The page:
Starting A New Business? 7 Key Points To Keep In Mind.
I was just eight when I witnessed the marks on her body. But I didn't realize the severity of the abuse my mother was going through...
I was just eight when I witnessed the marks on her body. But I didn’t realize the severity of the abuse my mother was going through…
It was a scream. Was it? I’m not sure. But if it was, then it surely sounded like mom.
Trigger warning: This post contains some descriptions of domestic violence that can be triggering for survivors.
The night suddenly started to seem creepy. I stepped out of my bed and started towards the door. With chills running down my nerves, I held onto my door handle. It didn’t open!
I tried once again, but in vain. I wanted to knock from inside, but I didn’t. I was too scared.
Now I heard it again, it was certainly a cry. I was really getting scared. I slowly leaned on to the wall that separated me from my parents’ room. I heard sounds.
Mom was clearly crying. I knew what this was all about. He was venting his frustration out by physically and verbally hurting her.
Everything was great until this lockdown; my father ran a business and we were content with the middle class life we led. But this pandemic shook our lives to the core.
Dad lost all his top clients and his business was now a sinking ship. This led to a change in our peaceful life.
Dad started drinking. He got drunk every night and started to abuse mom. He used to badmouth her because she wasn’t eligible for a decent job.
Mom never worked because she wasn’t well educated. Mom used to cry as he slapped her right in front of my eyes. I used to run to my room and cry.
There would be marks of slaps and other violence on her body. But she never said a word against him.With all these thoughts running in my mind, I lay there leaning against the wall and crying.
I prayed to God to save my mom in some possible way. Finally it was dawn.
I heard footsteps. I quickly jumped into my bed and wrapped myself under the blanket. My door unbolted from outside and the footstep walked away.
After a couple of minutes, I slowly walked out of my room. My eyes were searching for her. But she was nowhere to be found.
I saw dad on the sofa sleeping, the liquor glasses and bottles were laid on the table. It seemed like he had passed out.
I saw mom stepping into the kitchen after her morning shower. I ran to her and asked whether she was ok.
She was trying to act normal, but her eyes showed the intensity of the pain she was hiding. Her cheeks were red and her lips were wounded. She was walking with some sort of ache too.
A man walked out of my parents bedroom. I immediately recognised him. He came home with dad last night. He was supposed to be a client of dad and was home to discuss something.
I thought he had left soon after I went to bed. But why was this man in my parents’ bedroom? I asked mom why he was there.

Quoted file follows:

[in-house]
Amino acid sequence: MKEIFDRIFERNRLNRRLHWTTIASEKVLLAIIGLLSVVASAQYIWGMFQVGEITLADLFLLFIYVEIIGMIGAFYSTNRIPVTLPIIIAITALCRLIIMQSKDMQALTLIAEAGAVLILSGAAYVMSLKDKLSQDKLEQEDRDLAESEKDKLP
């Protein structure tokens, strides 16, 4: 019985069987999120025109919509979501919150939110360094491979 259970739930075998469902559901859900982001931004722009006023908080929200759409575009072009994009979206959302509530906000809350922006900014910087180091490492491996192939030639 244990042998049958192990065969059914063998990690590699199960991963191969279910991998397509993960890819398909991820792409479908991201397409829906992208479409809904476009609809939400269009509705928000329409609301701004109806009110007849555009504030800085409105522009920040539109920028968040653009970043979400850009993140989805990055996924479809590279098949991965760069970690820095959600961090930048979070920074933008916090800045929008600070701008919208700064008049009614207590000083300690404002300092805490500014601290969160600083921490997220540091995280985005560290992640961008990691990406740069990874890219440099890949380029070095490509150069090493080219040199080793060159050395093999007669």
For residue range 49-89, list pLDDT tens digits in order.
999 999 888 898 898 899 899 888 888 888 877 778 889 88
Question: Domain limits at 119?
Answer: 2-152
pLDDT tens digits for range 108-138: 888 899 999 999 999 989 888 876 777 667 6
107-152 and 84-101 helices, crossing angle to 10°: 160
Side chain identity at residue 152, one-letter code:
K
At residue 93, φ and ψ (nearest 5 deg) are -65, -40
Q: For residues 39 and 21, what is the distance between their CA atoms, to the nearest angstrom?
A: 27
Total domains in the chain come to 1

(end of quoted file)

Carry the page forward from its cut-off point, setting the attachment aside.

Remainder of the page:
Mom replied, “Son, dad’s struggles are going to end soon. This man will be investing for dad. They were discussing this matter the whole night.
Dad let this man use our bedroom because he was our guest. Dad might be inviting a few more clients until his problems get settled. Dad will be happy soon son.”
With this she ran to her room to let those tears escape. I went after her. While hugging her, I found the very saree that she wore last day, lying in a corner all torn.
Why was she crying if all our struggles were about to end? She should have been more specific to an 8 year old. For I never knew…
Image source: a still from the film Provoked (YouTube)
A voracious reader turned writer.
I feel things differently yet deeply.
Women's Web is an open platform that publishes a diversity of views, individual posts do not necessarily represent the platform's views and opinions at all times.
Stay updated with our Weekly Newsletter or Daily Summary - or both!
If a woman insists on her prospective groom earning enough to keep her comfortable, she is not being “lazy”. She is just being practical, just like men!
When an actress described women as “lazy” because they choose not to have careers and insist on only considering prospective grooms who earn a lot, many jumped to her defence.
Many men (and women) shared stories about how “choosy” women have now become.
One wrote in a now-deleted post that when they were looking for a bride for her brother, the eligible women all laid down impossible conditions – they wanted the groom to be not more than 3 years older than them, to earn at least 50k per month, and to agree to live in an independent flat.
Ms. Kulkarni, please don’t apologise ‘IF’ you think you hurt women. Apologise because you got your facts wrong. Apologise for making sexual harassment a casual joke.
If Sonali Kulkarni’s speech on most modern Indian women being lazy left me shocked and enraged, her apology post left me deeply saddened.
I’d shared my thoughts on her problematic speech in an earlier article. So, I’ll share why I felt Kulkarni’s apology post was more damaging than her speech.
If her speech made her an overnight hero among MRAs, sexists, and people who were awed by her dramatic words, then her apology post made her a legendary saint.
Please enter your email address